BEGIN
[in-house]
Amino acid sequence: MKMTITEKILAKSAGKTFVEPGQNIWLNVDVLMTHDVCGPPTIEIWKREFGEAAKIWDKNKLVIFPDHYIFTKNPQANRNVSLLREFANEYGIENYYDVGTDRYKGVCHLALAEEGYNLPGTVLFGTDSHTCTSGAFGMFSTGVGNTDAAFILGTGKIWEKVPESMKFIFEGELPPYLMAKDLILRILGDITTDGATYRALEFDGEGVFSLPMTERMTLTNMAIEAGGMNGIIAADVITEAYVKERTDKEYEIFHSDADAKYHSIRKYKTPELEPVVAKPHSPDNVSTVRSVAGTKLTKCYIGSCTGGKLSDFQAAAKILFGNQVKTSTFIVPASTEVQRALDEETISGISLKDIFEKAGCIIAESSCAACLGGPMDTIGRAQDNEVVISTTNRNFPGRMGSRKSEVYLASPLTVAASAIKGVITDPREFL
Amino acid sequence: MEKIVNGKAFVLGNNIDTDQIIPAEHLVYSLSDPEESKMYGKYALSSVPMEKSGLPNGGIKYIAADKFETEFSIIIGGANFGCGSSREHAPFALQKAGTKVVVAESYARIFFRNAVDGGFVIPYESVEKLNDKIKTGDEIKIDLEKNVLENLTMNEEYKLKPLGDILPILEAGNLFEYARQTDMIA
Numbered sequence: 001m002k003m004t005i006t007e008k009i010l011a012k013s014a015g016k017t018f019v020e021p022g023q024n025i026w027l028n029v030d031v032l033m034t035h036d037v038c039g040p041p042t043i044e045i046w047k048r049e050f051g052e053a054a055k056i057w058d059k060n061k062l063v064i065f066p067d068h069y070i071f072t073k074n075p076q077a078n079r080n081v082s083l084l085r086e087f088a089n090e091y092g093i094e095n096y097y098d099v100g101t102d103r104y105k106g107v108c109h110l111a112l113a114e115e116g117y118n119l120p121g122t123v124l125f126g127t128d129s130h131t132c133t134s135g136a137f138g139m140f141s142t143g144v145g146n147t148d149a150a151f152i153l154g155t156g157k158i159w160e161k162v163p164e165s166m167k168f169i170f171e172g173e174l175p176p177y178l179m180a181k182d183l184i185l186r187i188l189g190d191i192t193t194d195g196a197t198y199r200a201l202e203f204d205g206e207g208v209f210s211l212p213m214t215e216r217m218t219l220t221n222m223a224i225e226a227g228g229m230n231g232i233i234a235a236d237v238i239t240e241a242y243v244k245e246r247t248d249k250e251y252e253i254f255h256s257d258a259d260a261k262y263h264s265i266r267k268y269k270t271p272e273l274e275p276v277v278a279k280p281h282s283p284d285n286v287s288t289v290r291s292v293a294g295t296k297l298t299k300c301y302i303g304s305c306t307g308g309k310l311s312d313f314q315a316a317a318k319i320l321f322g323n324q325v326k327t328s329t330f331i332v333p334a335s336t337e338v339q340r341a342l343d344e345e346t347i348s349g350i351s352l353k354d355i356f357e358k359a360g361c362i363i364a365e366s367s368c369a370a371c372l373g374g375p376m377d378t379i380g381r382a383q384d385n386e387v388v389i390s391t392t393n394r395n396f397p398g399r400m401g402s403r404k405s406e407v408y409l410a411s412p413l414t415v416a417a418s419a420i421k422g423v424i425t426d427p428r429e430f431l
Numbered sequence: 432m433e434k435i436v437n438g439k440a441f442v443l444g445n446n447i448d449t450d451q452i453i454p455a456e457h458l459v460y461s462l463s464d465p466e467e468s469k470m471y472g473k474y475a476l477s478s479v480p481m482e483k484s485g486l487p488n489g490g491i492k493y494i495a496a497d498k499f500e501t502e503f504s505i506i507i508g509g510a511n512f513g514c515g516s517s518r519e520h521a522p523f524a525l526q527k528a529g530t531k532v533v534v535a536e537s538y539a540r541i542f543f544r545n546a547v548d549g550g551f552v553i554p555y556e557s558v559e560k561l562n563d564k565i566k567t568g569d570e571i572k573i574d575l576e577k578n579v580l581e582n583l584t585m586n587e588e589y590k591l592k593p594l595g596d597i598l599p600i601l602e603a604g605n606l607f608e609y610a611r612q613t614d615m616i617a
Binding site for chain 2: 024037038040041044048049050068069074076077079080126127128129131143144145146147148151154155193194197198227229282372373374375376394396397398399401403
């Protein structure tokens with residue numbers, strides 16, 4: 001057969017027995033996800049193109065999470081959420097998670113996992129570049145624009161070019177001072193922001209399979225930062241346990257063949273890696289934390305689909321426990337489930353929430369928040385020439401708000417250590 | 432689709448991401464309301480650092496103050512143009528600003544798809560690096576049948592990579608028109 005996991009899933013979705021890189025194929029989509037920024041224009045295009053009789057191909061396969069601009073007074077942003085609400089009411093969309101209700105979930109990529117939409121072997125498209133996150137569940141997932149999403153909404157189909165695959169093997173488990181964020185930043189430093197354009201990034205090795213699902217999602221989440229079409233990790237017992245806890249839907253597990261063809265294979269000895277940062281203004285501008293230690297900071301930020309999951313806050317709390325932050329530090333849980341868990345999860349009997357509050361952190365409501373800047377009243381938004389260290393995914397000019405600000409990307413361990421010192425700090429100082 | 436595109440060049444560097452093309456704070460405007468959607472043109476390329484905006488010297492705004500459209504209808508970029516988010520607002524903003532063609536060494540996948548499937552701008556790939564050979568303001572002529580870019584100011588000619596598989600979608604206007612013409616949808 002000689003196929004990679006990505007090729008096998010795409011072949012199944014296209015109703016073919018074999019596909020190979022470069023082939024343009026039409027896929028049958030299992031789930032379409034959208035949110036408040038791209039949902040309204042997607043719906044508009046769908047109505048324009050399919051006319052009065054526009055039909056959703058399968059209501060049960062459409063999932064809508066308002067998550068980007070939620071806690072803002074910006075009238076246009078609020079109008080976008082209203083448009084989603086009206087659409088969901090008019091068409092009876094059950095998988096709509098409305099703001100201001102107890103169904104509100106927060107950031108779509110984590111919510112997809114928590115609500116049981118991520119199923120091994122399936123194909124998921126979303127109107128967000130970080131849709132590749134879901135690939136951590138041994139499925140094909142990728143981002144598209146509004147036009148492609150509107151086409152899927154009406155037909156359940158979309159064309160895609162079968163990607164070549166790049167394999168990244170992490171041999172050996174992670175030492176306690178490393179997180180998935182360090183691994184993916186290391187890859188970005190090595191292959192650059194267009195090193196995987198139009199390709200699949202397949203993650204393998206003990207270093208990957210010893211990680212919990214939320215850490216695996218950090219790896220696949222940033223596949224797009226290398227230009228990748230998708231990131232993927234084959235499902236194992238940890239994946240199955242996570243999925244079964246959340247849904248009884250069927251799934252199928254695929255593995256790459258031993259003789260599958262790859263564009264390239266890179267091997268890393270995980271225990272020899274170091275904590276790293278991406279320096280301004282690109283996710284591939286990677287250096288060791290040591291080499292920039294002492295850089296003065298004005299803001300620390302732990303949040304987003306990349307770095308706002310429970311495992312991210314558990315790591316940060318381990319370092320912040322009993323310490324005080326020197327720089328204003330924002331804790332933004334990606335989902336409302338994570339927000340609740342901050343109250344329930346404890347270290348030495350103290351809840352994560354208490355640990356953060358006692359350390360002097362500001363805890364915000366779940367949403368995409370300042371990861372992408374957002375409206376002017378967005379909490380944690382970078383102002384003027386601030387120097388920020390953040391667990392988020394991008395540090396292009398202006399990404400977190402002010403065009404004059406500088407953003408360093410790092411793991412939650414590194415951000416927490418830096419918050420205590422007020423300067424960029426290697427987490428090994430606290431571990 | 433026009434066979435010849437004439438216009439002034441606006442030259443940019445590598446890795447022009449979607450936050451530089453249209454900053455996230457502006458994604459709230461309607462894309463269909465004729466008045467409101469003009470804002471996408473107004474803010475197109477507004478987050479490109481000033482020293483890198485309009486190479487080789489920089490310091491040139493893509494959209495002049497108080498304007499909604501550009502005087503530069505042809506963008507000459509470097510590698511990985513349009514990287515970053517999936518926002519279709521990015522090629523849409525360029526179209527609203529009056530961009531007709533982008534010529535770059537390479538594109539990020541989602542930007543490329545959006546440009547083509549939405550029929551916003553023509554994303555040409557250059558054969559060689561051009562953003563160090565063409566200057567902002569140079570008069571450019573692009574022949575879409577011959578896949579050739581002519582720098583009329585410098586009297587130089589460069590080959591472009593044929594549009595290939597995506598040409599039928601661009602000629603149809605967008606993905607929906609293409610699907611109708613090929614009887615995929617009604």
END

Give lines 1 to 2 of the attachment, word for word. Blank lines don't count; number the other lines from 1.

[in-house]
Amino acid sequence: MKMTITEKILAKSAGKTFVEPGQNIWLNVDVLMTHDVCGPPTIEIWKREFGEAAKIWDKNKLVIFPDHYIFTKNPQANRNVSLLREFANEYGIENYYDVGTDRYKGVCHLALAEEGYNLPGTVLFGTDSHTCTSGAFGMFSTGVGNTDAAFILGTGKIWEKVPESMKFIFEGELPPYLMAKDLILRILGDITTDGATYRALEFDGEGVFSLPMTERMTLTNMAIEAGGMNGIIAADVITEAYVKERTDKEYEIFHSDADAKYHSIRKYKTPELEPVVAKPHSPDNVSTVRSVAGTKLTKCYIGSCTGGKLSDFQAAAKILFGNQVKTSTFIVPASTEVQRALDEETISGISLKDIFEKAGCIIAESSCAACLGGPMDTIGRAQDNEVVISTTNRNFPGRMGSRKSEVYLASPLTVAASAIKGVITDPREFL